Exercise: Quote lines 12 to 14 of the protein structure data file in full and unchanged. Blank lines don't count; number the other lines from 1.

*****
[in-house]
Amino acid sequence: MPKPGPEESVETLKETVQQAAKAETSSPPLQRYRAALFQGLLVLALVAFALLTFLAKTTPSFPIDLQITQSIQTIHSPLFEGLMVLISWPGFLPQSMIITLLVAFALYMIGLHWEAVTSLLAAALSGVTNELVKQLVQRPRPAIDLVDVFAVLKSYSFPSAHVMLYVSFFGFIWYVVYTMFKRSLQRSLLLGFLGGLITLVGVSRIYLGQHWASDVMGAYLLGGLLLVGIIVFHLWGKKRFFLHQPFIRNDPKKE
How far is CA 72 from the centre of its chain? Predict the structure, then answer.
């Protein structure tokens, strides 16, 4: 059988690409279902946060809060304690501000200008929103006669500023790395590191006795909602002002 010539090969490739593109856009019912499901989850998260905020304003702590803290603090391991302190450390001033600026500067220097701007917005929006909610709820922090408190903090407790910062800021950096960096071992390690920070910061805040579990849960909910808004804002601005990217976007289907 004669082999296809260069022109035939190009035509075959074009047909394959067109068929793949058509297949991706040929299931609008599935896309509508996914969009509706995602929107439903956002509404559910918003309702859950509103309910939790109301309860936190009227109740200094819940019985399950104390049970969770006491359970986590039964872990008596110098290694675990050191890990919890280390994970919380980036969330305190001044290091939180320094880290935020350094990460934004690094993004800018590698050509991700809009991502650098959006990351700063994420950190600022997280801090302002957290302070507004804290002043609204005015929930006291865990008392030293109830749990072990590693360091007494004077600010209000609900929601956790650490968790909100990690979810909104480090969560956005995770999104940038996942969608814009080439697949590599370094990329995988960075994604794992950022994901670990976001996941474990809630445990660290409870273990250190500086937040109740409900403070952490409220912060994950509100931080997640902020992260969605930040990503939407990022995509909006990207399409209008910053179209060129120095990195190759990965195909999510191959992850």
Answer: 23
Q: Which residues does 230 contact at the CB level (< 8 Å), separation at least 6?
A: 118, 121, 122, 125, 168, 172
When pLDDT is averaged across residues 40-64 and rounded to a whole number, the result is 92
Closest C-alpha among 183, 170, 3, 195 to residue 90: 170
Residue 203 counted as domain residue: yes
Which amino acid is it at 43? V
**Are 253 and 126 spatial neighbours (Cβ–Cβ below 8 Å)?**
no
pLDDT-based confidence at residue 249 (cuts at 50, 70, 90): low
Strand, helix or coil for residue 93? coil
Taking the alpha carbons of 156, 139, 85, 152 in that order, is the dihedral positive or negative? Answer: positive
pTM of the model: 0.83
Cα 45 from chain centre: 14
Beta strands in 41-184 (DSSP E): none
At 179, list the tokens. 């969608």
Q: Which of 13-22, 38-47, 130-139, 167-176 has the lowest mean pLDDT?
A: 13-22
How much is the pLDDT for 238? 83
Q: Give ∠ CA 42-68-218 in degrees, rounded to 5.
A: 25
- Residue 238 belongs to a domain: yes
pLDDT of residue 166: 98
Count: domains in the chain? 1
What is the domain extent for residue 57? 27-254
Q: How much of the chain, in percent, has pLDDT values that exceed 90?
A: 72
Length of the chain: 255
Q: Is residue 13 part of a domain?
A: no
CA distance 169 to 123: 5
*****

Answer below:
**Are 253 and 126 spatial neighbours (Cβ–Cβ below 8 Å)?**
no
pLDDT-based confidence at residue 249 (cuts at 50, 70, 90): low